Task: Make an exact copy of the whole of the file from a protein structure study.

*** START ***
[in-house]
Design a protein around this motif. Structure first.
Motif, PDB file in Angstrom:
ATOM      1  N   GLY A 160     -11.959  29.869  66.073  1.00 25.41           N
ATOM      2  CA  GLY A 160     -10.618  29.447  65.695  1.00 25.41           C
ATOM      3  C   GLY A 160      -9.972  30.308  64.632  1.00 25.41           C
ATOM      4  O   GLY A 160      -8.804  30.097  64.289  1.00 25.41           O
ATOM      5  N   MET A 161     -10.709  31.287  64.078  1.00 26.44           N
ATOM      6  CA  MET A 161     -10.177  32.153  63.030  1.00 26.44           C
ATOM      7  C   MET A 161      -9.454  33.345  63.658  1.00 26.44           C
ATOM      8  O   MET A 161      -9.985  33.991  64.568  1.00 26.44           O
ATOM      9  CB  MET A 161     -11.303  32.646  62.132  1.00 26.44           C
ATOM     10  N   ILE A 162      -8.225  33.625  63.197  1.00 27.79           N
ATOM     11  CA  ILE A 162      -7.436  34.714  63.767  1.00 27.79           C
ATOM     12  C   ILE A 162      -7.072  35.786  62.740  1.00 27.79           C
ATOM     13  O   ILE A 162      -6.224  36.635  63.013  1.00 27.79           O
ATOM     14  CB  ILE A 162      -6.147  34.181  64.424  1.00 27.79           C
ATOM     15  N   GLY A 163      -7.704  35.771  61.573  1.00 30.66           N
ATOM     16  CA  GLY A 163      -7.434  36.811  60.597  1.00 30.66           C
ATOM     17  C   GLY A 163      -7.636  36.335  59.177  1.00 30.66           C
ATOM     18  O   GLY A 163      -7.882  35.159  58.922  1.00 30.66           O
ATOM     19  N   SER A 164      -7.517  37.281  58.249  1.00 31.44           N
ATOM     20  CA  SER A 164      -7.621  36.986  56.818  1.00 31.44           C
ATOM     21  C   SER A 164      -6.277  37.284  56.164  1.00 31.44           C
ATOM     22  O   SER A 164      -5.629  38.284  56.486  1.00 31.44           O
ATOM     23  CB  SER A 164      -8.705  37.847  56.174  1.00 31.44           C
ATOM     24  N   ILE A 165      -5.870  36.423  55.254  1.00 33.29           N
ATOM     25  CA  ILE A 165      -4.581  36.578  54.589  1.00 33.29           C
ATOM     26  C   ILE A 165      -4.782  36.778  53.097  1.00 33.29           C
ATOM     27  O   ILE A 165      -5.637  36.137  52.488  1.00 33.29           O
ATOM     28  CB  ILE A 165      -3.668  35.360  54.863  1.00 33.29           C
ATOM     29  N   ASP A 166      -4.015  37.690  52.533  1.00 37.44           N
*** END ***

[in-house]
Design a protein around this motif. Structure first.
Motif, PDB file in Angstrom:
ATOM      1  N   GLY A 160     -11.959  29.869  66.073  1.00 25.41           N
ATOM      2  CA  GLY A 160     -10.618  29.447  65.695  1.00 25.41           C
ATOM      3  C   GLY A 160      -9.972  30.308  64.632  1.00 25.41           C
ATOM      4  O   GLY A 160      -8.804  30.097  64.289  1.00 25.41           O
ATOM      5  N   MET A 161     -10.709  31.287  64.078  1.00 26.44           N
ATOM      6  CA  MET A 161     -10.177  32.153  63.030  1.00 26.44           C
ATOM      7  C   MET A 161      -9.454  33.345  63.658  1.00 26.44           C
ATOM      8  O   MET A 161      -9.985  33.991  64.568  1.00 26.44           O
ATOM      9  CB  MET A 161     -11.303  32.646  62.132  1.00 26.44           C
ATOM     10  N   ILE A 162      -8.225  33.625  63.197  1.00 27.79           N
ATOM     11  CA  ILE A 162      -7.436  34.714  63.767  1.00 27.79           C
ATOM     12  C   ILE A 162      -7.072  35.786  62.740  1.00 27.79           C
ATOM     13  O   ILE A 162      -6.224  36.635  63.013  1.00 27.79           O
ATOM     14  CB  ILE A 162      -6.147  34.181  64.424  1.00 27.79           C
ATOM     15  N   GLY A 163      -7.704  35.771  61.573  1.00 30.66           N
ATOM     16  CA  GLY A 163      -7.434  36.811  60.597  1.00 30.66           C
ATOM     17  C   GLY A 163      -7.636  36.335  59.177  1.00 30.66           C
ATOM     18  O   GLY A 163      -7.882  35.159  58.922  1.00 30.66           O
ATOM     19  N   SER A 164      -7.517  37.281  58.249  1.00 31.44           N
ATOM     20  CA  SER A 164      -7.621  36.986  56.818  1.00 31.44           C
ATOM     21  C   SER A 164      -6.277  37.284  56.164  1.00 31.44           C
ATOM     22  O   SER A 164      -5.629  38.284  56.486  1.00 31.44           O
ATOM     23  CB  SER A 164      -8.705  37.847  56.174  1.00 31.44           C
ATOM     24  N   ILE A 165      -5.870  36.423  55.254  1.00 33.29           N
ATOM     25  CA  ILE A 165      -4.581  36.578  54.589  1.00 33.29           C
ATOM     26  C   ILE A 165      -4.782  36.778  53.097  1.00 33.29           C
ATOM     27  O   ILE A 165      -5.637  36.137  52.488  1.00 33.29           O
ATOM     28  CB  ILE A 165      -3.668  35.360  54.863  1.00 33.29           C
ATOM     29  N   ASP A 166      -4.015  37.690  52.533  1.00 37.44           N